Yesterday, I discussed the need for having a governance policy in place for your company’s business communications. This policy plays a vital role in your organization, ensuring that all departments are on the same page and that you’re not at risk for violations of regulatory guidelines.
Hopefully I made my case for creating a centralized business communications governance authority. Today, I want to make you aware of some of the challenges you may face in trying to make that happen – and, since I’m a good sport, suggest some ways to overcome them.
Roadblocks and Hazards
Making the change from having each department handle its own communications process to an integrated policy with centralized authority and responsibility is not an overnight task. It’s likely you’ll see some resistance from individual departments that are used to the status quo.
Here are just a few of the arguments you’re likely to hear, and possible ways you can counter them:
“I don’t have time for this.”
Department heads often feel understandably overwhelmed at the prospect of major policy changes. They already have a hefty workload, and the idea of learning a new process and teaching their staff feels like the final straw.
You can help ease their minds by explaining how your centralized policy and oversight will actually save them time in the long run. They won’t be operating in a vacuum, accidentally duplicating messages being sent by other departments, and they’ll have solid guidelines to follow if questions arise.
“This is how we’ve always done it.”
Another common argument, this one flows naturally from the first point and from the natural human resistance to change. Research the real, tangible benefits of the new process you’re proposing and show your team how it will help them do their jobs. Once they see it as a path to a more streamlined workload, they’ll be less likely to object.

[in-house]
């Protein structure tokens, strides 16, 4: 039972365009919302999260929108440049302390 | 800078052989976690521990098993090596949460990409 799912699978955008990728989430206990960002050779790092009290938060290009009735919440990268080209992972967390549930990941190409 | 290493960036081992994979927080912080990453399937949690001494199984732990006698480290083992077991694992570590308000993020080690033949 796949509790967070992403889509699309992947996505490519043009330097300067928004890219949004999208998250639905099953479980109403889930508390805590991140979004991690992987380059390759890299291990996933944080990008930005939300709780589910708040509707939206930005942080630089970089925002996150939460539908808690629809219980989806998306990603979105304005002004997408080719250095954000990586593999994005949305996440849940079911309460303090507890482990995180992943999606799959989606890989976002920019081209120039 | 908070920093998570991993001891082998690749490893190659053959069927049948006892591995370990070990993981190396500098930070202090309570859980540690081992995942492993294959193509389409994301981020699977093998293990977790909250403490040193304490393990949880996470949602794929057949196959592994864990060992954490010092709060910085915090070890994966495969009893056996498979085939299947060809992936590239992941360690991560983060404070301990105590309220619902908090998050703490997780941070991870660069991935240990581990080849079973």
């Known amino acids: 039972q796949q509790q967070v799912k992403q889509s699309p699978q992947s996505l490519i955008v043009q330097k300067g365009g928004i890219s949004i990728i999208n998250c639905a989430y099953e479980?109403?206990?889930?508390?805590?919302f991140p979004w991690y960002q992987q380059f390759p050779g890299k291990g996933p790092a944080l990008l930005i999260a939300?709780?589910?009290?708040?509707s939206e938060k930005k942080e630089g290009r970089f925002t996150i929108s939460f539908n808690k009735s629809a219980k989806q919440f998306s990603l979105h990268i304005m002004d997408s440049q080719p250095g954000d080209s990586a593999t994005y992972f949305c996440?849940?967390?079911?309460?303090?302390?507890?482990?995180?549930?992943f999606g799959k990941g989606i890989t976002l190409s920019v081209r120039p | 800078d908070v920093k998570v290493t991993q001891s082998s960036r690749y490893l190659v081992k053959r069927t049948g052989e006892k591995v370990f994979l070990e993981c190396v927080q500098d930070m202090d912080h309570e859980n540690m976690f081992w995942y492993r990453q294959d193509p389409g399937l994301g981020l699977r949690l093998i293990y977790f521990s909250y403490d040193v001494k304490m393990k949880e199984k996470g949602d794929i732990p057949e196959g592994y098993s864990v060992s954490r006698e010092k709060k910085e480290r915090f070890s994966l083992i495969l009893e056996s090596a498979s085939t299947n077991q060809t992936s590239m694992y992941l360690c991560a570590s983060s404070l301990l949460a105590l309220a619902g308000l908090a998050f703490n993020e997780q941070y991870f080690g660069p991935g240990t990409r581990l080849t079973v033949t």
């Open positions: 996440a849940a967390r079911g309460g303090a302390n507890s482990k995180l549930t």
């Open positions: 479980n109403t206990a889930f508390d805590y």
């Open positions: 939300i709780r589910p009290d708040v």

“Our department is different.”
Your department heads may be convinced that their departments have unique communication needs that higher management just doesn’t understand.
You’ll need to show them how a uniform communications policy makes the service experience better for your customers, and how their specific departmental needs will fit into the overarching policy.
“My suppliers are great.”
Vendor relationships may appear under threat to your team, with the underlying fear that they’ll have to “break in” a new set of contractors or damage personal relationships they have established over time (which is a story for another day).
It’s possible that you will have to replace a vendor or two during the transition. Implement a policy of independent vendor benchmarking to determine which ones are on board with the new process, and which are either non-compliant or obsolete.
One unspoken and fairly universal issue is FEAR; fear that new policies could cause reorganization, eliminate jobs or undermine control. Change comes down to individuals and, appropriately or not, those individuals are all asking “how does this affect me?”
Alleviate these fears by conducting well-run meetings that very clearly define the goals of the new system and the steps you’ll take toward implementing it. If your changes will, in fact, impact certain jobs then that will need to be addressed immediately. The “death by a thousand cuts” approach to implementing change is one of the best ways to ensure that everyone is dead-set against your new policies.
Getting input from team leaders up front and putting your team’s worries to rest early are important steps toward successfully implementing new standards. Take the time to properly educate stakeholders and provide transparency to the process and you will end up with a transparent process. Think of it this way – how can you create an effective communications strategy without being able to effectively communicate it to your own team?